Rewild Yourself by by Simon Barnes. Nature book where each chapter is a suggestion on how to get closer to nature. Has simple stuff like buying waterproof trousers and binoculars, up to learning how to canoe. Also suggests learning about butterflies, as there are fewer species than there are birds so it's easier to get a good grasp.
Pretty interesting and appealingly written, though apart from carrying a plastic bag to sit on I haven't put anything into practice yet. Might be better in summer.
What I'm Reading 2
Peace Talks by Jim Butcher. There was a long wait for the last book in the Dresden Files series, partly because the planned book ended up too long and he split it into two. I was pleasantly surprised to find two instead of one, but just read them back-to-back anyway.
The first volume covers supernatural peace talks being held in Chicago: Harry Dresden has to solve a problem while also trying to provide security for it and get to know the new characters introduced in the previous volume.
Good entry in the series but the complex continuing plot will make it unintelligible to anyone who hasn't been following it.
What I'm Reading 3
Battle Ground by Jim Butcher continues the story of Peace Talks and expands it into a massive, extended battle scene between two diverse coalitions of supernatural and mortal powers.
This reminded me of the same author's Codex Alera series, which has a lot more large-scale battles than the Dresden Files, which take up large sections of most of the books. From the forums, this has alienated some fans who prefer the old magic-detective thing, but I liked it a lot.
The book has also caused consternation among the fans by killing off some beloved characters.
I thought this was one of the most fun and compelling adventure books I've read in years, loved it.
What I'm Reading 4
Aelfred's Britain by Max Adams. History book about Alfred the Great and his successors, and their conflicts and deals with the Viking invaders and the Danelaw.
Pretty informative. Points out that the Anglo-Saxons were themselves a warrior society: initially overwhelmed by the mobility of the invaders, they still managed to win land battles and even some sea battles. Once Alfred established a network of fortified towns they were able to get the upper hand.
While the Alfred part is interesting, after that I started to find the book a bit of a slog as there's not much overall story to it, just an ebb and flow of various conflicts.
I really liked this Viking-Age Travel Map showing how the invaders used water and road networks to get around. Also discovered that juries were something from the Danelaw which made its way into the later English jury system.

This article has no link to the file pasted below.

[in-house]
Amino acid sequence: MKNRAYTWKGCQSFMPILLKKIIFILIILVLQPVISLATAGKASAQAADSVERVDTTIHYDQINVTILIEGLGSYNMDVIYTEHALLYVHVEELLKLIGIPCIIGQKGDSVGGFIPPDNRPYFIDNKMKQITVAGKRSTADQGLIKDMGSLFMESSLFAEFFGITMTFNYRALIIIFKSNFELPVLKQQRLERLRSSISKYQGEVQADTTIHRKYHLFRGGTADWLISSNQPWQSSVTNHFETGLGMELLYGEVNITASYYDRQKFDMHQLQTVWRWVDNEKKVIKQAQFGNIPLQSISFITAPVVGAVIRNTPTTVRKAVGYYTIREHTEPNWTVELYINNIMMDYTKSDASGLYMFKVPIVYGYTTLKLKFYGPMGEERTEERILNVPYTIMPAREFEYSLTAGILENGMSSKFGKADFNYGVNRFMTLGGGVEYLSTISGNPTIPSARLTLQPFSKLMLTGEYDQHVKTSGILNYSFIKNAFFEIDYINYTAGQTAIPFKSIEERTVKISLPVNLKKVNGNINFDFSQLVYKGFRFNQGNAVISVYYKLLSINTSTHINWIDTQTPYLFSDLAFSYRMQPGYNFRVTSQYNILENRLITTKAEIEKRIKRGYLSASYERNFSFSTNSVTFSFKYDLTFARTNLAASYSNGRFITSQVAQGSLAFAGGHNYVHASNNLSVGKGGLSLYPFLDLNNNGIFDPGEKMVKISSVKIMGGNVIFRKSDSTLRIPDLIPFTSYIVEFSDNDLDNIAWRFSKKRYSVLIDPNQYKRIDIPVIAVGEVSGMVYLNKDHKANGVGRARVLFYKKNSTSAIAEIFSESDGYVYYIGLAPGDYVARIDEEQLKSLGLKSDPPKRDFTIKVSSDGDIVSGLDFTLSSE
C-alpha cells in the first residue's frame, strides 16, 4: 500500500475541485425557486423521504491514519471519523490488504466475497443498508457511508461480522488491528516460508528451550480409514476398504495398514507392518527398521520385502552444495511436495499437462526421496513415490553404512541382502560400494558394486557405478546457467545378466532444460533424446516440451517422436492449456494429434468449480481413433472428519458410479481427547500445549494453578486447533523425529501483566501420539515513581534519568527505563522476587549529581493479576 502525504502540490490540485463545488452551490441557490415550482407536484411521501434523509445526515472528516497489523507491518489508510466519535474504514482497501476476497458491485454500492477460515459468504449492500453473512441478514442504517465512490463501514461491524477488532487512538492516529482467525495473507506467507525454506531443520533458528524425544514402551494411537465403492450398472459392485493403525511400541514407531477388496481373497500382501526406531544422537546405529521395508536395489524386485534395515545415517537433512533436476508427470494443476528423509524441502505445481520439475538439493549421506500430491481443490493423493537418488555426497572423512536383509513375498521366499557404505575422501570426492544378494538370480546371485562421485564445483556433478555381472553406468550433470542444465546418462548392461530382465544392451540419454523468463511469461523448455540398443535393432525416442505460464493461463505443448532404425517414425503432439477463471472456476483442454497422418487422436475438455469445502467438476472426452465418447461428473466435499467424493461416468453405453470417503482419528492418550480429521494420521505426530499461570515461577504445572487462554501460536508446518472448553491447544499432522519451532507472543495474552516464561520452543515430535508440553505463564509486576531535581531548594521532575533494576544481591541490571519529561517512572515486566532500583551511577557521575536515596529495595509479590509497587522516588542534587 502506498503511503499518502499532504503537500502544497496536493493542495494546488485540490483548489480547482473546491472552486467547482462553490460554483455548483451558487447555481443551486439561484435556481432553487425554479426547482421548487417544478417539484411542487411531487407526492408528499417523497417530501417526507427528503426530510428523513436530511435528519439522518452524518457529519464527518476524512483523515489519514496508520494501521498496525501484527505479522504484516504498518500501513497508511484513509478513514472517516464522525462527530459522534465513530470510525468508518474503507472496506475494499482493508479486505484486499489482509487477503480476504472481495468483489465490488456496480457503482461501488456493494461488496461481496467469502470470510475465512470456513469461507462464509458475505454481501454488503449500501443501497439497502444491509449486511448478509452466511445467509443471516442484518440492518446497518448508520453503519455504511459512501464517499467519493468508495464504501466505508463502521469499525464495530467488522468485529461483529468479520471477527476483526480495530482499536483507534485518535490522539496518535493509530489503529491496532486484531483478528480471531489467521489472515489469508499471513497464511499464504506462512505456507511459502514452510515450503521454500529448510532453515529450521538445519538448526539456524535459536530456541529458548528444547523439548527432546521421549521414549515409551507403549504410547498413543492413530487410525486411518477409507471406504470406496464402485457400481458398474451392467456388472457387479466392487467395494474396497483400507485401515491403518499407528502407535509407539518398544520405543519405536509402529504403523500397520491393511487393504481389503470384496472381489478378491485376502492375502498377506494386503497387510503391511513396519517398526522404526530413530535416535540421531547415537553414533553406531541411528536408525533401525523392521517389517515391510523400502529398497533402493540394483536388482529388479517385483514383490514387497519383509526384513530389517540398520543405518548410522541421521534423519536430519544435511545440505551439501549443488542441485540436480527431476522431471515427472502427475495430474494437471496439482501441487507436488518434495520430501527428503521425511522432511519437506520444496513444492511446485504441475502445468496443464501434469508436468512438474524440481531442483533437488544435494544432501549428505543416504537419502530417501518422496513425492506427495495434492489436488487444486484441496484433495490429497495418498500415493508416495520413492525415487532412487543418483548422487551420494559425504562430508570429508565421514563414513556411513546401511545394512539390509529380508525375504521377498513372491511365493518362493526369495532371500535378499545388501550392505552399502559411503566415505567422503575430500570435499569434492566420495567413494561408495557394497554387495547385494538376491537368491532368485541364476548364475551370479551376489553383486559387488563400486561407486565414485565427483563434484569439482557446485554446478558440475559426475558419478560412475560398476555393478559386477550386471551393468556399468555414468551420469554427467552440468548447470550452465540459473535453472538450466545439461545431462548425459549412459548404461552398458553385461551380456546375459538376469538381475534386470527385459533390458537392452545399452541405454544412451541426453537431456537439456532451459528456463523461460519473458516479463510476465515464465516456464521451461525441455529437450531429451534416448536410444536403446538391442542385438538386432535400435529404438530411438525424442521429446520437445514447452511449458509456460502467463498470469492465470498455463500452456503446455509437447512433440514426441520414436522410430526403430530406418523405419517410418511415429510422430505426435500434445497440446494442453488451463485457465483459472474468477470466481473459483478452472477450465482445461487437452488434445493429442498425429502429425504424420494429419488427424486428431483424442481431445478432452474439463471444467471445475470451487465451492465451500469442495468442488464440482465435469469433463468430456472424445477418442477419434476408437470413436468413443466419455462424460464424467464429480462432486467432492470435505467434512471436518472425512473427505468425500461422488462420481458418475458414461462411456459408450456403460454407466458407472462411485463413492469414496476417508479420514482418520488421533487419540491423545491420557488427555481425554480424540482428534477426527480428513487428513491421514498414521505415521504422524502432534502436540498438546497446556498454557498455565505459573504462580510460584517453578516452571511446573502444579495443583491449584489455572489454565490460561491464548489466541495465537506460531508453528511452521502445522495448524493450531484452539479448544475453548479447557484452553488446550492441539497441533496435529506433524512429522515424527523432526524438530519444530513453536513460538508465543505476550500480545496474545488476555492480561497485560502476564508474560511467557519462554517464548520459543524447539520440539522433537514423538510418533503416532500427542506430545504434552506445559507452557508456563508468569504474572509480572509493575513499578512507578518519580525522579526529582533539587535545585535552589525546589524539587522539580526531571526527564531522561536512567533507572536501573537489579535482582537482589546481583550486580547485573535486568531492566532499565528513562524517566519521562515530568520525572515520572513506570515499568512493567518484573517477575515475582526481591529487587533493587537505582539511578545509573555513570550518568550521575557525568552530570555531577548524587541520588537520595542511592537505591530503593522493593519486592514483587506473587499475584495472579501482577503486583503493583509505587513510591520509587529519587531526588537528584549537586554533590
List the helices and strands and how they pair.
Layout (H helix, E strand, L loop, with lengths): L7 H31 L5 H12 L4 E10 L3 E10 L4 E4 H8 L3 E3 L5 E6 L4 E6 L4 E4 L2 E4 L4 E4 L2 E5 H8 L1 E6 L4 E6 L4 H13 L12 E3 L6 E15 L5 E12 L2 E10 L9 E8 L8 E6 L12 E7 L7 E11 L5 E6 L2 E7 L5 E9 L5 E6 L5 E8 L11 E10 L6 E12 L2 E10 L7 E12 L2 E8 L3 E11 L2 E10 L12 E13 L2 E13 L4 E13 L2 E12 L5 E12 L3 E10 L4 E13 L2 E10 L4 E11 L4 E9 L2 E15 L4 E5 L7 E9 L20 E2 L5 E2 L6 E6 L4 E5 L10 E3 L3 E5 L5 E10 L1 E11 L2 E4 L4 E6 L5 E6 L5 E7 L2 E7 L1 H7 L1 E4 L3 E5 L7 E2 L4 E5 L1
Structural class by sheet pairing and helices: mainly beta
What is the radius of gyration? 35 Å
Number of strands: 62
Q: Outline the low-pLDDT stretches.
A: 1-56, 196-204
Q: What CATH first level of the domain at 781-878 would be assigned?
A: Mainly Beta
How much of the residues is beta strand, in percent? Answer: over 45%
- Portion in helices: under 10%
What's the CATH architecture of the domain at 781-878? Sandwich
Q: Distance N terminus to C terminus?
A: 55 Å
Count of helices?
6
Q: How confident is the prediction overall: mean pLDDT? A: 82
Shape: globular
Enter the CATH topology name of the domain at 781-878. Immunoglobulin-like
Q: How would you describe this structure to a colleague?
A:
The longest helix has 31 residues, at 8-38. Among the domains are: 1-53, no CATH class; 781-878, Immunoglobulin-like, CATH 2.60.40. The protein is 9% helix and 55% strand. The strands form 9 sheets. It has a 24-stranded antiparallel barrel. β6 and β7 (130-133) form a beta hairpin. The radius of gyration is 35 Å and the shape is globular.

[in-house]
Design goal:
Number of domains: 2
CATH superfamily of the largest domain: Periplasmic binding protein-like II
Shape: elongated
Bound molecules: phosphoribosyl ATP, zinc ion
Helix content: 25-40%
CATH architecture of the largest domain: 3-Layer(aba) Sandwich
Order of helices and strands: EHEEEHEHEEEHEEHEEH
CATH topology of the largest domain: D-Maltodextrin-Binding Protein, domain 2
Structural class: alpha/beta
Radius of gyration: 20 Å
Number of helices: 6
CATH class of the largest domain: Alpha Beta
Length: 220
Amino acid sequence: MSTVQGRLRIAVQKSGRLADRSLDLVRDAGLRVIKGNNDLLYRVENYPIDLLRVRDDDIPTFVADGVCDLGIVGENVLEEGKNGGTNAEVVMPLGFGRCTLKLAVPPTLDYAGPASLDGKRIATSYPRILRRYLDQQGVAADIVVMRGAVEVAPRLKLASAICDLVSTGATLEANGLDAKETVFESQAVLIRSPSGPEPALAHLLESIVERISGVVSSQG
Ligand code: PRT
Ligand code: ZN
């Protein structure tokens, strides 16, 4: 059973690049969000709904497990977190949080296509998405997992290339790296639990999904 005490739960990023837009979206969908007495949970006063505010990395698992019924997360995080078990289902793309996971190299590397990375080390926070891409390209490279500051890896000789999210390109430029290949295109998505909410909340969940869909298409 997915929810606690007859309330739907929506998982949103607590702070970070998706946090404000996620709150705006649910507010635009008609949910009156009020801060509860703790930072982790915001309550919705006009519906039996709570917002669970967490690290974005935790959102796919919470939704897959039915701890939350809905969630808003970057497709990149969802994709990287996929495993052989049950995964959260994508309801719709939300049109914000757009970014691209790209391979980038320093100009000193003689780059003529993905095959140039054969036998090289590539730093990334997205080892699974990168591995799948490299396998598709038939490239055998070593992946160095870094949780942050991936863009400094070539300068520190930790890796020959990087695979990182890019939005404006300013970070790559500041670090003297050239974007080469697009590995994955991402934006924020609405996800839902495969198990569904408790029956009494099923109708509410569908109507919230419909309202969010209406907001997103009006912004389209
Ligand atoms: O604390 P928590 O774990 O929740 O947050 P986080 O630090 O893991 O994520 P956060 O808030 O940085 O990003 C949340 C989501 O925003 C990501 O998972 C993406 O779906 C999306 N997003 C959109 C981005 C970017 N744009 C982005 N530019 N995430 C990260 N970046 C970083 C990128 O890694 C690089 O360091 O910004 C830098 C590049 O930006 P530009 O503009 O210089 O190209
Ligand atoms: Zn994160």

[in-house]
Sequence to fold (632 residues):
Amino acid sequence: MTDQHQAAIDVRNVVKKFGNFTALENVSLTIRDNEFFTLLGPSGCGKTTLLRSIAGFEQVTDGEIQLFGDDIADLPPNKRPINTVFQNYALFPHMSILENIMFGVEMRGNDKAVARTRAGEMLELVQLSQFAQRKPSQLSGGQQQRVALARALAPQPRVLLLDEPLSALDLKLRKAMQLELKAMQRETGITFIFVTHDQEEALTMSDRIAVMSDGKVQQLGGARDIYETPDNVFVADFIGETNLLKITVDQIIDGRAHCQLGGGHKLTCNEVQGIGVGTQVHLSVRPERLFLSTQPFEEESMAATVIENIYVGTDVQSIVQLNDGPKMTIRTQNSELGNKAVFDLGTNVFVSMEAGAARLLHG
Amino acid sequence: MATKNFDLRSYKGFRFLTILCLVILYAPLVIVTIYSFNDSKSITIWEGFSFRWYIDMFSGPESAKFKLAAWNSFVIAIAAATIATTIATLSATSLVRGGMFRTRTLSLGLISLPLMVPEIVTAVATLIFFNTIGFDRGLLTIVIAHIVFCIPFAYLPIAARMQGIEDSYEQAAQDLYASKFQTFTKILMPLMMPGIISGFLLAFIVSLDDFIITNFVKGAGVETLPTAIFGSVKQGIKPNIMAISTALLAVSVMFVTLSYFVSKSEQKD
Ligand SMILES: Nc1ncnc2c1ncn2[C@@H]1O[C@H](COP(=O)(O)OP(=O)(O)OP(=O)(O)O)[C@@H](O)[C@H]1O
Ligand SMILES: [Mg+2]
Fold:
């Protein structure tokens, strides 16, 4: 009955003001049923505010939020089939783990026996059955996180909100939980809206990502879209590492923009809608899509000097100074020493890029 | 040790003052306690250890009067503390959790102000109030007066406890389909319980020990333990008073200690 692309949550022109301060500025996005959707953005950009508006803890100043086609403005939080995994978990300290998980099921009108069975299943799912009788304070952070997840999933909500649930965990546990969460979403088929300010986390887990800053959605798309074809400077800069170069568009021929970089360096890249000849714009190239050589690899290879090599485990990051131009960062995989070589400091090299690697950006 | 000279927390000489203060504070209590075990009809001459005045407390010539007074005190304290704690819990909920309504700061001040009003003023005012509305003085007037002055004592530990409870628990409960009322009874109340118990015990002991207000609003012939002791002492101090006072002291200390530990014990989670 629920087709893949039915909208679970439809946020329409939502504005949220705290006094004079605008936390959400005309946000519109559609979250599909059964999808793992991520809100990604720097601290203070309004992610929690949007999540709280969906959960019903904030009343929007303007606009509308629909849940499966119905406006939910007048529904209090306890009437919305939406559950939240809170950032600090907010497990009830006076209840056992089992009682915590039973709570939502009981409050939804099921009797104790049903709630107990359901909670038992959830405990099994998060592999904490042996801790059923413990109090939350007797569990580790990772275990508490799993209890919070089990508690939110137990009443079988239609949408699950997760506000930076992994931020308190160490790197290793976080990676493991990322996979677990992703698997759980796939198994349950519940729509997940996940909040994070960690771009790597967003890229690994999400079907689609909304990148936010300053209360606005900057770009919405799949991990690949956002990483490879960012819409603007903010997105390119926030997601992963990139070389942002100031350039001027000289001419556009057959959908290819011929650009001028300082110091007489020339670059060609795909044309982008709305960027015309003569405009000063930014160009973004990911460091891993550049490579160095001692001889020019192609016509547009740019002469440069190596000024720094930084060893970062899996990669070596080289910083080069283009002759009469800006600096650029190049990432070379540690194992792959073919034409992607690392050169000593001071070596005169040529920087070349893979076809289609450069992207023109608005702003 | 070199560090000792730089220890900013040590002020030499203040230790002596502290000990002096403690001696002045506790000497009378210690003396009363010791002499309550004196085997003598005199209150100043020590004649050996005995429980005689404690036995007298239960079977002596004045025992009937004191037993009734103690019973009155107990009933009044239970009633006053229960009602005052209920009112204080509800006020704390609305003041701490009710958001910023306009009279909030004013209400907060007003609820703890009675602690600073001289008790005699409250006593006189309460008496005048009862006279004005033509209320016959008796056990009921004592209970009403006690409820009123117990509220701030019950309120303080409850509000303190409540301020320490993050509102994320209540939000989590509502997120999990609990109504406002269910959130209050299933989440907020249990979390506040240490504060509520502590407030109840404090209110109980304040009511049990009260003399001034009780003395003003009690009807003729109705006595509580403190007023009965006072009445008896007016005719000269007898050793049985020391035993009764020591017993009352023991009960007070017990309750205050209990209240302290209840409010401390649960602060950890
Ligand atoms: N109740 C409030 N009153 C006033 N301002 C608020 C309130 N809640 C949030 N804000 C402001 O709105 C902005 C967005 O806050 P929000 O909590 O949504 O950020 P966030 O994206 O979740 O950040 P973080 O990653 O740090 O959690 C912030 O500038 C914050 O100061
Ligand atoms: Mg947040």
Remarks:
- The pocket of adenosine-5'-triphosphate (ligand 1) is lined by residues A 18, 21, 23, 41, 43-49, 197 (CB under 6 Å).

Overall, informative but gets a bit dull.
What I'm Reading 5
Read children's book to the kid, Misty of Chincoteague by Marguerite Henry. First in a series, it's about two children taming a wild pony on the East Coast of the US. I think this must work best for kids who are into horses: he got bored and we put it aside, but eventually got back and finished it.
What I'm Reading 6
Matilda by Roald Dahl. First time I've read this classic about a bright kid who develops telekinetic powers to use against tyrannical headteacher Miss Trunchbull. Good fun, kid and I both liked this one.
What I'm Reading 7
The Beast and Bethany by Jack Meggit-Phillips. This is a new children's book that seems to trying to get back to the Roald Dahl style of casual sadism and horrible characters.
One character is a 900 year old man in thrall to a monstrous beast that demands he feed it precious objects and rare animals in exchange for a potion of immortality. When it asks for a child, he chooses the most obnoxious kid in an orphanage so he won't have to feel bad about it.
Kid and I both liked this, it works really well and the characters are developed thoughtfully.
I didn't really like the coda which undermines the story to set up a sequel, you might want to leave this out.
What I'm Reading 8
Danny the Champion of the World by Roald Dahl. Classic book about a child who discovers his father has the hobby of poaching pheasant.
Was worried the kid wouldn't like this one. The plot is pretty low-key with no magic or real threat, but it's written more realistically.
However he was absolutely compelled by it and read chapters on his own, he loved it.
This is one of the few children's books I can think of where the child hero and a parent act together. Normally they're either orphans or have terrible parents or are trying to find an absent parent. Strangely uplifing for Roald Dahl.
What I'm Reading 9
Imperial Tragedy: From Constantine's Empire to the Destruction of Roman Italy AD363-568 by Michael Kulikowski. Good book by a serious academic looking at the "fall" of the Western Roman Empire and comparing it to what was happening in the Eastern (Byzantine) empire. It's scholarly but accessible, though it could have done with a glossary to remind us of some of the Latin terms.